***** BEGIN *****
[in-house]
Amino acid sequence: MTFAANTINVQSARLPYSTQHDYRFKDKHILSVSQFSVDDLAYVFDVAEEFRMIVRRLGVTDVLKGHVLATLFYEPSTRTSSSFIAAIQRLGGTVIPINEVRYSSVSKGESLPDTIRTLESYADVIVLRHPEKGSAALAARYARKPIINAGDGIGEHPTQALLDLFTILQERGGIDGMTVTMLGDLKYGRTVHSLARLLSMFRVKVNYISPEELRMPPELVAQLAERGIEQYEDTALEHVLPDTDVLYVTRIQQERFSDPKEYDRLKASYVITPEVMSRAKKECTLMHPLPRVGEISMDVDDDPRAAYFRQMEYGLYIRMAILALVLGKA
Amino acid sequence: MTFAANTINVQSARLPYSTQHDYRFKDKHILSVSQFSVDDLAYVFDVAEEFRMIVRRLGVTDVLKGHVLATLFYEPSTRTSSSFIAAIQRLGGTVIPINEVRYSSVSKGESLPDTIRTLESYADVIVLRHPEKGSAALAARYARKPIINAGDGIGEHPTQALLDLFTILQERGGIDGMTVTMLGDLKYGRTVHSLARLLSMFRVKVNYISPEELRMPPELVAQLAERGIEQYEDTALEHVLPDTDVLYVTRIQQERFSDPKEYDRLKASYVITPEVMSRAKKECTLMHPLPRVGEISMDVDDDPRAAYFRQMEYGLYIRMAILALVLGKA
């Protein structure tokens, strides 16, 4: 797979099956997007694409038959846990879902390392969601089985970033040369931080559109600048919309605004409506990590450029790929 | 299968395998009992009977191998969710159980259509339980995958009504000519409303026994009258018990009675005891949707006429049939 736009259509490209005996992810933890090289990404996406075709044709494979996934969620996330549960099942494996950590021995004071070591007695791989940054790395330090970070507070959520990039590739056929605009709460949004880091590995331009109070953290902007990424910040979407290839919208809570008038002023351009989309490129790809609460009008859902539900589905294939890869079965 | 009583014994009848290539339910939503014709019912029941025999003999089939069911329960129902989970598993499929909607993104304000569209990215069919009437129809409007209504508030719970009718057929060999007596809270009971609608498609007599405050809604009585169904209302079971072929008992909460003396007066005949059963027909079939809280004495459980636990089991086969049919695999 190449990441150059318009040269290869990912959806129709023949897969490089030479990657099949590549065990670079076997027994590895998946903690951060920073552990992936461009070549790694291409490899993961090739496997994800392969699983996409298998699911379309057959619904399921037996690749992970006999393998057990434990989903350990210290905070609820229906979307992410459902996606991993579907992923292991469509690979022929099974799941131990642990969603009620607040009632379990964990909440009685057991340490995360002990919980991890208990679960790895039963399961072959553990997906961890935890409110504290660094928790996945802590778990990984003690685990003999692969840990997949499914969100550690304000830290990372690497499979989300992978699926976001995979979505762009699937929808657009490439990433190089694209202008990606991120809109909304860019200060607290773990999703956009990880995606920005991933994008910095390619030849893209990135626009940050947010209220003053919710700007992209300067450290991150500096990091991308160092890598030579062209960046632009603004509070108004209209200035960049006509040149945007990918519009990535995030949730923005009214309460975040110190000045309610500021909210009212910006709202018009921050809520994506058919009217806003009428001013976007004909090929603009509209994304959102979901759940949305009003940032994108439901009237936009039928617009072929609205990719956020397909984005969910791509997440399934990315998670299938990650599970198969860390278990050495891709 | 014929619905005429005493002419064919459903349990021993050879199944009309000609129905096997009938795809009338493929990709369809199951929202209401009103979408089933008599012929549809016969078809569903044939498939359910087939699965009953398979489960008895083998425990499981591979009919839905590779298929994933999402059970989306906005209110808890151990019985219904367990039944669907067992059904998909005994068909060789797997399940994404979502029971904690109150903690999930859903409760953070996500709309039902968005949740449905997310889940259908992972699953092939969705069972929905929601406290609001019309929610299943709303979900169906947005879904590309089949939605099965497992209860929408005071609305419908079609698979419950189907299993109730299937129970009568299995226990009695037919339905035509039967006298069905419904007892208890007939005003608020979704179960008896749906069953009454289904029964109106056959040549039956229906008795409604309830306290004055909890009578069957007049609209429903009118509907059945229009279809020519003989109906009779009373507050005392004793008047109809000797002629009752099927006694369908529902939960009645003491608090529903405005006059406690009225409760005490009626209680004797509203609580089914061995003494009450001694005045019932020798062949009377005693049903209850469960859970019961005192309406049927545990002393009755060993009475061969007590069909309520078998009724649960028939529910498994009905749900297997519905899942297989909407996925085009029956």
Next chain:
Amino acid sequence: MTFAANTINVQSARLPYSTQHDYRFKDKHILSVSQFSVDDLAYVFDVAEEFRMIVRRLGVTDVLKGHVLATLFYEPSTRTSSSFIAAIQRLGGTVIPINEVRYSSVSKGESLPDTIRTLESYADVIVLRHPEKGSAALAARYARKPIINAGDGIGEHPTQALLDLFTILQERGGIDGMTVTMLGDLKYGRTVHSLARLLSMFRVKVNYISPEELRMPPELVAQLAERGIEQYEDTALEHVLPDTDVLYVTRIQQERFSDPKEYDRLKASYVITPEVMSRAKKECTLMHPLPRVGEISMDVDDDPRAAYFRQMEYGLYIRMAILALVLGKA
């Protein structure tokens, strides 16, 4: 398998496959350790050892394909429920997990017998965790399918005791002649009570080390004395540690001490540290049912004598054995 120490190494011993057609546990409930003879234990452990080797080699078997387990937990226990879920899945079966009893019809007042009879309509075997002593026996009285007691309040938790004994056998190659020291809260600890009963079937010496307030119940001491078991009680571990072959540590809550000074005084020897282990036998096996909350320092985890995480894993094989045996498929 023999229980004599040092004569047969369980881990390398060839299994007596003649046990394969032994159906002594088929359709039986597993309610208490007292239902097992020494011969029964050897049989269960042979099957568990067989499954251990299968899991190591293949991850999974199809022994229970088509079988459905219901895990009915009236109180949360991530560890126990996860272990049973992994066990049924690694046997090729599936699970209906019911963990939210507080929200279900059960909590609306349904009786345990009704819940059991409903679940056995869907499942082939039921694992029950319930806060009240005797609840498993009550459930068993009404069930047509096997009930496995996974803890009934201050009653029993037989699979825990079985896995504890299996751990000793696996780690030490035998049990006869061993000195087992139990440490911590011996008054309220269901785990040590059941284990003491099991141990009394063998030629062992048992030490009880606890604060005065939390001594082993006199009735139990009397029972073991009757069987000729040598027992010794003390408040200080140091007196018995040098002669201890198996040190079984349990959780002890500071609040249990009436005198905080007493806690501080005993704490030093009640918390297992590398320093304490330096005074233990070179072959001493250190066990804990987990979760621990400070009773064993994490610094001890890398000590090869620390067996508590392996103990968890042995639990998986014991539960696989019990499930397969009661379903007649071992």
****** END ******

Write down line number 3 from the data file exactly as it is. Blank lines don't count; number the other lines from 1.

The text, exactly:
Amino acid sequence: MTFAANTINVQSARLPYSTQHDYRFKDKHILSVSQFSVDDLAYVFDVAEEFRMIVRRLGVTDVLKGHVLATLFYEPSTRTSSSFIAAIQRLGGTVIPINEVRYSSVSKGESLPDTIRTLESYADVIVLRHPEKGSAALAARYARKPIINAGDGIGEHPTQALLDLFTILQERGGIDGMTVTMLGDLKYGRTVHSLARLLSMFRVKVNYISPEELRMPPELVAQLAERGIEQYEDTALEHVLPDTDVLYVTRIQQERFSDPKEYDRLKASYVITPEVMSRAKKECTLMHPLPRVGEISMDVDDDPRAAYFRQMEYGLYIRMAILALVLGKA